* Everyone was against the plan, but Eileen somehow manipulated each person into supporting it.

to propose a bill – to formally suggest a new law; to write a new law for lawmakers or voters to vote on

* Biyi proposed a bill to limit how tall buildings could be built in neighborhoods with a lot of houses.

dam – a large structure that is used to hold back water in a river, usually to generate electricity or to control flooding

* A large hole appeared in the old dam and it needs to be repaired immediately before it floods the homes around it.

corrupt – doing something dishonest in exchange for money or some other personal gain

* The football coach was corrupt, accepting money for his team to lose games.

to turn against (someone) – to begin to oppose someone whom one had previously supported or favored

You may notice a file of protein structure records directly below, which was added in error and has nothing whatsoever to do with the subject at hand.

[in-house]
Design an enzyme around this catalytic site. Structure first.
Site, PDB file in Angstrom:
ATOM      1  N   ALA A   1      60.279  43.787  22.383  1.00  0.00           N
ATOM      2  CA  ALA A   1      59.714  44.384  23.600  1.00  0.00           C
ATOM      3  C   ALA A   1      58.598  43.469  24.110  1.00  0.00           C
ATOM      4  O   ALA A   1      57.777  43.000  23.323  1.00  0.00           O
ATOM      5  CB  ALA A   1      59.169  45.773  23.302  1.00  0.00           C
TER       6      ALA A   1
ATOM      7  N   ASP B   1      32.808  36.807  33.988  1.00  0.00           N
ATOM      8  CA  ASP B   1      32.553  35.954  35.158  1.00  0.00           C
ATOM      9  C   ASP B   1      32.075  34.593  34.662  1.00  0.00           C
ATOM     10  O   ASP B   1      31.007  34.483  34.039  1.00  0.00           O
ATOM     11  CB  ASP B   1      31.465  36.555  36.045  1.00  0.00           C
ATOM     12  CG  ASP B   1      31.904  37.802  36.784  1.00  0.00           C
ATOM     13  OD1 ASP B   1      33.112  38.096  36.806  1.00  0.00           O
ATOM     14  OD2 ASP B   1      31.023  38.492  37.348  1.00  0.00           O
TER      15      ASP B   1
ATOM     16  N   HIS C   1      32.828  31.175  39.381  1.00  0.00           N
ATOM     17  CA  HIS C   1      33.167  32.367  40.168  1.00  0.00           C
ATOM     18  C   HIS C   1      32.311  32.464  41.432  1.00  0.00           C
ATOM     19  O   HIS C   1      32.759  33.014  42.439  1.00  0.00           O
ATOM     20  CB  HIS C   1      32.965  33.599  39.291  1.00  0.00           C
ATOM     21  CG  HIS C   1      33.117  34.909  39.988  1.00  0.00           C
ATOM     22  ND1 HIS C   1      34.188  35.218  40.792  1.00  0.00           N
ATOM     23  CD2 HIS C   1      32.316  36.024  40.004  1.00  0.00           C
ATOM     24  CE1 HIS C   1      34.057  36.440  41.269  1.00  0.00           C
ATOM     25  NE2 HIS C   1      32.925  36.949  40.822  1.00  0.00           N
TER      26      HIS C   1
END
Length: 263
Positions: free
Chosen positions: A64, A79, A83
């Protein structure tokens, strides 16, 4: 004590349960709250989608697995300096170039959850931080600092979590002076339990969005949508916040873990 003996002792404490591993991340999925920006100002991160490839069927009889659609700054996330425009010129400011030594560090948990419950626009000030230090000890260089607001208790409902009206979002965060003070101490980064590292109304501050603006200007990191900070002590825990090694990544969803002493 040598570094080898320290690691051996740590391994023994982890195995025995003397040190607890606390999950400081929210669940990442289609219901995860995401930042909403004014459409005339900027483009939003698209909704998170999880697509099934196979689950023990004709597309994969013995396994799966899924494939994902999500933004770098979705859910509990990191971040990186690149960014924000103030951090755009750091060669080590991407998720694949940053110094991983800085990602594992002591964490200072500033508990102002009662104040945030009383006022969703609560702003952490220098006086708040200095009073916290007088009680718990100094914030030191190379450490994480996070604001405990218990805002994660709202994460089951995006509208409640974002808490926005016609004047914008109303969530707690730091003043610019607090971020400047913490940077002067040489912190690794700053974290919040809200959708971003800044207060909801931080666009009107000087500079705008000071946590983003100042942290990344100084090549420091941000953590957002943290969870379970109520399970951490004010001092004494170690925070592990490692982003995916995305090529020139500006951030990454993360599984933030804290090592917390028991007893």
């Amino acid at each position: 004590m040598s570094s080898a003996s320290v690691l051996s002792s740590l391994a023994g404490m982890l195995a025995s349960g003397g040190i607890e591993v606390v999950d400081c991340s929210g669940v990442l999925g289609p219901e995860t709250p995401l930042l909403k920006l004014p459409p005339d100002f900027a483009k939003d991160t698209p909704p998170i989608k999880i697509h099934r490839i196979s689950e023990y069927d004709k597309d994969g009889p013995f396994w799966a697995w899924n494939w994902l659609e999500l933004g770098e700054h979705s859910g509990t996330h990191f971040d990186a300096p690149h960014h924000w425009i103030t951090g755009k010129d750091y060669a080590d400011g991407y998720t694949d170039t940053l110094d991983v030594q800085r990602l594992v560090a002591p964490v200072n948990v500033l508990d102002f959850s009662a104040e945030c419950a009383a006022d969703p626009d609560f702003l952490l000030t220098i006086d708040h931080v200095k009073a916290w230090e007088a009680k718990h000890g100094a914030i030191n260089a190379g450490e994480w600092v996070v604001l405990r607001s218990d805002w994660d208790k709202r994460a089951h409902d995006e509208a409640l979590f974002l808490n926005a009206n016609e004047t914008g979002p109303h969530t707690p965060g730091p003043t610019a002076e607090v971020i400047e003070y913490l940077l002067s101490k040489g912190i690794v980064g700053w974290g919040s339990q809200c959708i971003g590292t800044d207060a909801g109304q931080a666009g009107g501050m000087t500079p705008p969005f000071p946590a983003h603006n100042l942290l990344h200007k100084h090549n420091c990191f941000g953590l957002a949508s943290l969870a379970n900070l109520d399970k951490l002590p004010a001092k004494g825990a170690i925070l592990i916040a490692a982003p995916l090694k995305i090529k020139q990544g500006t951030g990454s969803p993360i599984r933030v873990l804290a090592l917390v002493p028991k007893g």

* Carlos and Leona worked together in the competition until they were the only two competitors left, and then they turned against each other.

to faint – to lose consciousness; to feel weak and dizzy, and begin to fall asleep because one cannot get enough oxygen into one’s brain

* Roxana thought that her husband had been killed in war, but when he walked in through the front door, she fainted.

Rust Belt – a large area in the Northeastern United States where there used to be many factories for manufacturing, including parts of Indiana, Michigan, Minnesota, New York, Ohio, Pennsylvania, West Virginia, and Wisconsin

* When the factories began closing, homes along the Rust Belt stared losing their value.

rust – the orange, red, or brown powder that appears on metals when they get wet

* We left the old bicycle in the yard while it rained and now there is rust all over it.

racial tension – feelings of anger and/or fear based on people’s skin color and/or the cultural group they belong to